If your company is ready to leap into the mobile marketing world, and you should, remember these tips. They will help get you headed towards an effective marketing plan.



Just about everyone has a smart phone by now, so why is mobile SEO still a poor facsimile of desktop SEO? Even the most basic stats show that mobile SEO is worth paying attention to, as mobile devices accounted for 13% of all searches in June 2012 with 20% of clicks.

The problem is creating a mobile site isn’t easy, and effectively optimizing any given site for a mobile audience relies on several criteria.

SEO consultant Aleyda Solis at the BrightonSEO conference listed seven of the criteria you should consider when optimizing a site for mobile SEO, and we’re here to help you through it.

  1. How does your audience behave on your site? – Before you invest time and money into a mobile site, it’s first important to know if you even have enough of a mobile audience to make it worth your effort. Using Google Analytics, you can create a segment for organic mobile traffic, which will allow you to look at the volume of visits, devices used, and the landing pages they tend to hit, as well as what are the most popular keywords. If you know what type of content is most popular with mobile users, you can prioritize it when creating a mobile website.
  2. Where does your site appear in mobile search results? – Where your site appears in mobile search results is helpful in knowing what content you need to optimize for mobile use. Investigating these statistics, as well as what keywords and pages are already gaining visibility will help you prioritize.
  3. How does your audience use mobile search? – Knowing how your target audience uses mobile search allows you to make yourself more visible to them and increase your traffic. You can use Google’s Keyword Tool to find the keywords your audience are using, and Our Mobile Planet lets you check how consumers are using their mobile devices.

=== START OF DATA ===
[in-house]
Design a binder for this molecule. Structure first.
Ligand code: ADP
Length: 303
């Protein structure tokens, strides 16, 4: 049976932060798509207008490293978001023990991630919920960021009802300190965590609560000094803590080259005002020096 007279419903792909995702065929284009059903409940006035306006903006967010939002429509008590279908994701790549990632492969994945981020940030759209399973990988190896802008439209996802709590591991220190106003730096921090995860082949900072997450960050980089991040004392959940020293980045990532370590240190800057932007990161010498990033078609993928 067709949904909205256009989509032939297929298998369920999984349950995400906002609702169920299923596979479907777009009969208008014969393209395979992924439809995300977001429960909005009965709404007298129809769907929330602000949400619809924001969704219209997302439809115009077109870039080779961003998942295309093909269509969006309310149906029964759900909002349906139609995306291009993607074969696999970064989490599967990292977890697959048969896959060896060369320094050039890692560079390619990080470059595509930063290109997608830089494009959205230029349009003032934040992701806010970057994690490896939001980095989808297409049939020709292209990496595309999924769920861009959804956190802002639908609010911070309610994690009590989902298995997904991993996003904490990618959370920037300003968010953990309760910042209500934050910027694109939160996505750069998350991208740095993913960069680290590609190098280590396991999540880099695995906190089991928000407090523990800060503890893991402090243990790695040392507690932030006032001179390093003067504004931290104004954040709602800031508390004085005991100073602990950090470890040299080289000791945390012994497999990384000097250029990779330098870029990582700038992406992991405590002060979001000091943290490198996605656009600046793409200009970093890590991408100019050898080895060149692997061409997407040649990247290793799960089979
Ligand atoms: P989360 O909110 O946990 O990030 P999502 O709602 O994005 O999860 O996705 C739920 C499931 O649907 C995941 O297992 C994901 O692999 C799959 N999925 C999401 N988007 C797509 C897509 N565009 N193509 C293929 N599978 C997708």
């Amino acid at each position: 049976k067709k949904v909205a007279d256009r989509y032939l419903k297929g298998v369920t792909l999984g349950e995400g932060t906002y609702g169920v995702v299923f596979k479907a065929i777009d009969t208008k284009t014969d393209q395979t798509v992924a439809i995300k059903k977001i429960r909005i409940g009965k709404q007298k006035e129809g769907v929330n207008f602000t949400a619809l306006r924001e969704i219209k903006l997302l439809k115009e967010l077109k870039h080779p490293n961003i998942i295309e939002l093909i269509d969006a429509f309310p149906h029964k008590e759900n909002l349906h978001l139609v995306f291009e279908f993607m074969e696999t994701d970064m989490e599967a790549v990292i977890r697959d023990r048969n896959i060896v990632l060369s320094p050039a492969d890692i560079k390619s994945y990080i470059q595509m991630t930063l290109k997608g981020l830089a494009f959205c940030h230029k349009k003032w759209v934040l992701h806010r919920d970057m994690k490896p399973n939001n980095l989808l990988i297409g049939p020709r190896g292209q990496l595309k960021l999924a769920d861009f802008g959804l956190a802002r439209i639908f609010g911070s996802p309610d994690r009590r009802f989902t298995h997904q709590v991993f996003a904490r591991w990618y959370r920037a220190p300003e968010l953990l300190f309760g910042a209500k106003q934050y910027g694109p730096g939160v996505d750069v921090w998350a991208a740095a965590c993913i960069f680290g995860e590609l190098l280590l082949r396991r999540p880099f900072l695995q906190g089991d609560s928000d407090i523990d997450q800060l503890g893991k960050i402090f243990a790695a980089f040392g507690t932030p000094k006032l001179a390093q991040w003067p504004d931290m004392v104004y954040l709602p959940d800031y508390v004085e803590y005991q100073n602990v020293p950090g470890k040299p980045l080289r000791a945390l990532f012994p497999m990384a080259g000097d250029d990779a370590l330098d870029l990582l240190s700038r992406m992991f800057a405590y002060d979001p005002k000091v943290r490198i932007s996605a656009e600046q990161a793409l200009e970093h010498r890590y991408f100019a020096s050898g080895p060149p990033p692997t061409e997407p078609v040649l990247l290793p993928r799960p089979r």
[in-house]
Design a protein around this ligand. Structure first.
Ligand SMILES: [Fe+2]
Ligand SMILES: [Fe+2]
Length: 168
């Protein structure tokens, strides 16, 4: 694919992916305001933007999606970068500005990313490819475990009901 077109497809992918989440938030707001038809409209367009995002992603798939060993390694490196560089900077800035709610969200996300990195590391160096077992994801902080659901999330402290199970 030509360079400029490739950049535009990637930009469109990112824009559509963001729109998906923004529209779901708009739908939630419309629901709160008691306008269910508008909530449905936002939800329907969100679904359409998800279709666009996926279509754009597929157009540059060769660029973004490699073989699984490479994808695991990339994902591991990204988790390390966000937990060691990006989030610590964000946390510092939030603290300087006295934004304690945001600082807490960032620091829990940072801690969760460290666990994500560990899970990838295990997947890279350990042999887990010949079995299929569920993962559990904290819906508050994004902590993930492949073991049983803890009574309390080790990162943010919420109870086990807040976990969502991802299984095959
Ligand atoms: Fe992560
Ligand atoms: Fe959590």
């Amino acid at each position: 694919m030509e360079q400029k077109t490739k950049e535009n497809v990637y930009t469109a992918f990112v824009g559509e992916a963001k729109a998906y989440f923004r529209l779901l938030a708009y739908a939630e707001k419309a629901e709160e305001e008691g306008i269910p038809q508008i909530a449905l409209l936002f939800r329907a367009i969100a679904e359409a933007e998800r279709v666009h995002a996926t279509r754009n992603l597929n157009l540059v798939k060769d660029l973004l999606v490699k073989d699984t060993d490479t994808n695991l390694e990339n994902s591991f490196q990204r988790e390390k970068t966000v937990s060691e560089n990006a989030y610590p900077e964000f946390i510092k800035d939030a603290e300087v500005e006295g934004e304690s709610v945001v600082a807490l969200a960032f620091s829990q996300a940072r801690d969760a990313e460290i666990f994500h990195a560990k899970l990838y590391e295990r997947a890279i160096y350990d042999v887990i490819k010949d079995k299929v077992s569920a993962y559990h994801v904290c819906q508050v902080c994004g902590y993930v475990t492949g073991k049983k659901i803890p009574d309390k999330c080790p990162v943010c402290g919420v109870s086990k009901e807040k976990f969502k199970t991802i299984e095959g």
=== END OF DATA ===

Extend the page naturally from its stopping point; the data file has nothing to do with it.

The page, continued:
4. How does your site render on mobile devices? – Testing your content on mobile devices is essential when designing a site because if your content doesn’t render correctly, visitors will promptly leave. Using Google’s Getmometer, PageSpeed Insights and the ‘Fetch as Google mobile bot’ in Webmaster tools, you can see how mobile users and bots see your website.
  5. What content and products are you offering to your mobile audience? – Mobile users are often looking for different content than your desktop visitors are. Identifying what your mobile customers are after, lets you know if you are catering to their needs. Often, mobile users focus more on localized content. If that is true for your audience, are you offering localized content? If you’re not, are you able to create some?
  6. Do you have the technical capacity to develop a mobile site? – If your website isn’t rendering correctly on mobile devices, you need to consider if you have enough of a budget to make it responsive, dynamically serve content or build a parallel mobile version. Each method has its pros and cons, but ideally you need to use responsive design. That’s not always possible though, depending on technical capacity, budget, and content needs.
  7. Based on these criteria, decide what type of mobile site you need – Depending on your site’s needs and abilities, you will know how you need to respond to creating a mobile site. David Moth at Econsultancy has a flowchart to use to make it easy for you.

There are different ways to handle mobile optimization, and hopefully this list has helped you identify the best route for you, but there is one thing that is true no matter what. Mobile SEO is becoming more important every day, and ignoring it is only hurting yourself.